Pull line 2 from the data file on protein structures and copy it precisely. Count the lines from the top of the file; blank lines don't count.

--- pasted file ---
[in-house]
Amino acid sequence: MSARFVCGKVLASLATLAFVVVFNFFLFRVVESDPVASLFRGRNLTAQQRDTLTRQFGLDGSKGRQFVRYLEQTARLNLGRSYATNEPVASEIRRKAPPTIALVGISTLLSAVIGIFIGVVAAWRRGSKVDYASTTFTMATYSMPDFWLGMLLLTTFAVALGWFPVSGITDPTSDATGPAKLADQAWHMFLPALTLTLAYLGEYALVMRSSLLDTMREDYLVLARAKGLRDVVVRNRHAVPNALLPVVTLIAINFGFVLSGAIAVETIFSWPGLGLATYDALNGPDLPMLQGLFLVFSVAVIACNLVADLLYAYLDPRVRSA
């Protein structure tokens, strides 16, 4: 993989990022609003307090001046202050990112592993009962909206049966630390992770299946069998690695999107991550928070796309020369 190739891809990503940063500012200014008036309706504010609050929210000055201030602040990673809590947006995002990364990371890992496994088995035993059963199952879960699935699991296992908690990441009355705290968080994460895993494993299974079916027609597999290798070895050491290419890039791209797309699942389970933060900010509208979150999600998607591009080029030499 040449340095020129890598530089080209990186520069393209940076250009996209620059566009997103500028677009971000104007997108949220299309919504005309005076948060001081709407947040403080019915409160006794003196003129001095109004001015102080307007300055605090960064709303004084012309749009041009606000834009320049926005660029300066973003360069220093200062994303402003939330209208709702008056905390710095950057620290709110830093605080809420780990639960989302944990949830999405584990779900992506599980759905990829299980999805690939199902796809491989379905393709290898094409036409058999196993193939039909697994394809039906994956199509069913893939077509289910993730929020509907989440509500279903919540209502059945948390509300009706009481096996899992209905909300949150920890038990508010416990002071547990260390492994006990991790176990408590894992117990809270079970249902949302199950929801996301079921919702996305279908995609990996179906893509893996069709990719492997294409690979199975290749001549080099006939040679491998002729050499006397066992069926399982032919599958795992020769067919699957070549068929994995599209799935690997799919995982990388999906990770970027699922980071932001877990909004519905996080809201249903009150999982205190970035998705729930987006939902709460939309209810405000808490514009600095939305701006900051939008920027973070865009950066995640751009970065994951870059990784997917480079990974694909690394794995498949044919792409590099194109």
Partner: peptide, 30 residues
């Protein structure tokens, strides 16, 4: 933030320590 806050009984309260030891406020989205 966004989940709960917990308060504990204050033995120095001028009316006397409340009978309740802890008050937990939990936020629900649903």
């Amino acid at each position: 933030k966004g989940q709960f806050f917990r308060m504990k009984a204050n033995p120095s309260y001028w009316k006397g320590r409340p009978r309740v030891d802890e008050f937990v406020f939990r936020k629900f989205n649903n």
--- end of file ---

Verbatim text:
Amino acid sequence: MSARFVCGKVLASLATLAFVVVFNFFLFRVVESDPVASLFRGRNLTAQQRDTLTRQFGLDGSKGRQFVRYLEQTARLNLGRSYATNEPVASEIRRKAPPTIALVGISTLLSAVIGIFIGVVAAWRRGSKVDYASTTFTMATYSMPDFWLGMLLLTTFAVALGWFPVSGITDPTSDATGPAKLADQAWHMFLPALTLTLAYLGEYALVMRSSLLDTMREDYLVLARAKGLRDVVVRNRHAVPNALLPVVTLIAINFGFVLSGAIAVETIFSWPGLGLATYDALNGPDLPMLQGLFLVFSVAVIACNLVADLLYAYLDPRVRSA